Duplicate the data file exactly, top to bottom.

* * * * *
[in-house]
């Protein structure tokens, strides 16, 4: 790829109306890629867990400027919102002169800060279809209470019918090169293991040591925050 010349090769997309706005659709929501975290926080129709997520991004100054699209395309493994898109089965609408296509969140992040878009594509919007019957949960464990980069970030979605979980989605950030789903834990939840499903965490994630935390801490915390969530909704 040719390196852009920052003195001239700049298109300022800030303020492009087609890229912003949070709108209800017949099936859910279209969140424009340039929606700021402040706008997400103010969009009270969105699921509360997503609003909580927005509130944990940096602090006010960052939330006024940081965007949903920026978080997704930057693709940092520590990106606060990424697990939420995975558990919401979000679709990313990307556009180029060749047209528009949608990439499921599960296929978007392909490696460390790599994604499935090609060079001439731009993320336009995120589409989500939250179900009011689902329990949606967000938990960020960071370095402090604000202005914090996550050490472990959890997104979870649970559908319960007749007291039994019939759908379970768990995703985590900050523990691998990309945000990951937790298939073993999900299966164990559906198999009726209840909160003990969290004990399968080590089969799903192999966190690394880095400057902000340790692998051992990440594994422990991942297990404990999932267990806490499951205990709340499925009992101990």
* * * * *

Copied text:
[in-house]
């Protein structure tokens, strides 16, 4: 790829109306890629867990400027919102002169800060279809209470019918090169293991040591925050 010349090769997309706005659709929501975290926080129709997520991004100054699209395309493994898109089965609408296509969140992040878009594509919007019957949960464990980069970030979605979980989605950030789903834990939840499903965490994630935390801490915390969530909704 040719390196852009920052003195001239700049298109300022800030303020492009087609890229912003949070709108209800017949099936859910279209969140424009340039929606700021402040706008997400103010969009009270969105699921509360997503609003909580927005509130944990940096602090006010960052939330006024940081965007949903920026978080997704930057693709940092520590990106606060990424697990939420995975558990919401979000679709990313990307556009180029060749047209528009949608990439499921599960296929978007392909490696460390790599994604499935090609060079001439731009993320336009995120589409989500939250179900009011689902329990949606967000938990960020960071370095402090604000202005914090996550050490472990959890997104979870649970559908319960007749007291039994019939759908379970768990995703985590900050523990691998990309945000990951937790298939073993999900299966164990559906198999009726209840909160003990969290004990399968080590089969799903192999966190690394880095400057902000340790692998051992990440594994422990991942297990404990999932267990806490499951205990709340499925009992101990």